Imagine that, the band that I think made the best studio albums of all time and my only complaint is that I like a live version of one song better. Hmmm... pretty minor complaint and this still deserves every bit of the 5 stars.
If I were to meet Jimmy Page, I'd only say things I'm sure he's already heard a million times, but he is the master of the studio. The songs were well crafted too, but I think this CD is another example of 'studio brilliance' that only a few artists ever have been able to do. When you can create EXACTLY the sound you want and the atmosphere you want... well that's brilliance.
7 of 7 people found the following review helpful
on April 16, 2001
This was the climax of Led Zeppelin's career. Released in 1973, this album was the first Zep recording to have a title. The boys were now mega stars around the world after "IV"... and they had enormous pressure to put out something better. Well just put in "Houses of the Holy" and you will soon realize that this is exactly what they did.
HotH is not as radio friendly as the first 4 Zep albums were. In fact, I don't think I've ever heard any of the songs on the radio besides Dy'er Mak'er. What does this mean? Nothing. In fact, it means that this will all be fresh material to you if you haven't heard the album itself before.
"The Song Remains The Same" is a fast, fun song with unreal guitar work from Jimmy Page. Robert Plant's vocals are so-so, but it's reall the music on this song that shines. Bonham pounds away like the drugged up, freak-genius he was.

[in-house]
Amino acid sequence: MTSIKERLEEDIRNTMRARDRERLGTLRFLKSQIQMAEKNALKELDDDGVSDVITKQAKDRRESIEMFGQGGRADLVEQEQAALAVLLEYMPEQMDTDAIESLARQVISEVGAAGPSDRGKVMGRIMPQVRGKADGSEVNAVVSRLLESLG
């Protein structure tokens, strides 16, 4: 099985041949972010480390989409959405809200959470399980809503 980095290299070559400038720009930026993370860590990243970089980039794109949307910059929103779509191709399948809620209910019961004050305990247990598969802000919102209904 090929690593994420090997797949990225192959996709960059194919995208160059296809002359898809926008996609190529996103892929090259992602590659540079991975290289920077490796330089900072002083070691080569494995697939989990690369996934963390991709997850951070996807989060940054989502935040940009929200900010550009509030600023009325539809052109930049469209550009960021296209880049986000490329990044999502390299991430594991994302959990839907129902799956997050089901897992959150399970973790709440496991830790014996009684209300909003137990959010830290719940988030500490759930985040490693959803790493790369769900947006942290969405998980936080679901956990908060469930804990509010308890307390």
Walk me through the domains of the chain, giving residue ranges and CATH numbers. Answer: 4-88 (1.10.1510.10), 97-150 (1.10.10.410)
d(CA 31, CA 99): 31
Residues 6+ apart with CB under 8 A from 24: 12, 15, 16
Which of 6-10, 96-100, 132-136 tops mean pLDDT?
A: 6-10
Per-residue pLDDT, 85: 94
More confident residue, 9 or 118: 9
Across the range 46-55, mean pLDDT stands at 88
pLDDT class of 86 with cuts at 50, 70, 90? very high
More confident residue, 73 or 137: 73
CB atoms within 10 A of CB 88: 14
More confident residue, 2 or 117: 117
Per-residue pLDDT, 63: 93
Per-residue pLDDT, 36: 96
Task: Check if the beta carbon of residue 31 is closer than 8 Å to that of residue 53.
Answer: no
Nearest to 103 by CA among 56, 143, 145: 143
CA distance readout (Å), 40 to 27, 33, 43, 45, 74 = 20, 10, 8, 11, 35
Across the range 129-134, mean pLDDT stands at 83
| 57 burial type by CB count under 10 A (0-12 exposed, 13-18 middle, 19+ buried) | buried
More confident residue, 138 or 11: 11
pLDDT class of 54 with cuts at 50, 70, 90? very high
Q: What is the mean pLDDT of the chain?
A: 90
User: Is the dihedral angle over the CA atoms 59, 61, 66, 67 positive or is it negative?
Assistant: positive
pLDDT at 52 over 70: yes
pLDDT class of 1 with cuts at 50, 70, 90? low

"The Rain Song" is an absolutely gorgeous acoustic song. Clocking in at around 7 and a half minutes, it stands right up there with the other Zepics (Stairway, Kashmir, Achilles...). Very beautiful song here. Great to listen to... on a rainy day! What irony ;) Best song on the CD by far.
"Over the Hills and Far Away" starts off with a nice acoustic beginning and turns into a hard rocking good, fun song. Great riff created by Page here. My 2nd favorite song.
"The Crunge" has a great, funky beat to it. Another fun, rocking song created by Zeppelin here. I love it.
"Dancing Days" is something almost everyone has heard. If not by Zeppelin, then by the Stone Temple Pilots who covered it. Great inventive riff and good vocals by Plant.
"Dy'er Mak'er" rules. It truly does. A very silly song (just look at the lyrics). This was the only SINGLE released from "Houses of the Holy"...
"No Quarter" is pure genius. Another great Zepic that is very underated. This song gives me the chills. Something else to realize is that Tool covered this song. 'Nuff said.
The album ends with a great, heavy song "The Ocean". Bonham is at his best on this song, and Page's riffs are as usual, heavy as a mother f**ker. Just like most Zeppelin albums, a rocking way to end another classic recording.
I give most of the credit of this masterpiece to Jimmy Page. The production is astounding. The order of the songs (an underated factor in albums) is perfect. Page was a master at this. He knew exactly how to order the songs so that the listener would not get bored.
House of the Holy is my favorite Zeppelin album. Each song is incredible, and does not sound like anything else on the album. Everything is fresh, and still sounds as great as it did in 1973. Great job Led Zeppelin.
7 of 7 people found the following review helpful
on August 13, 2000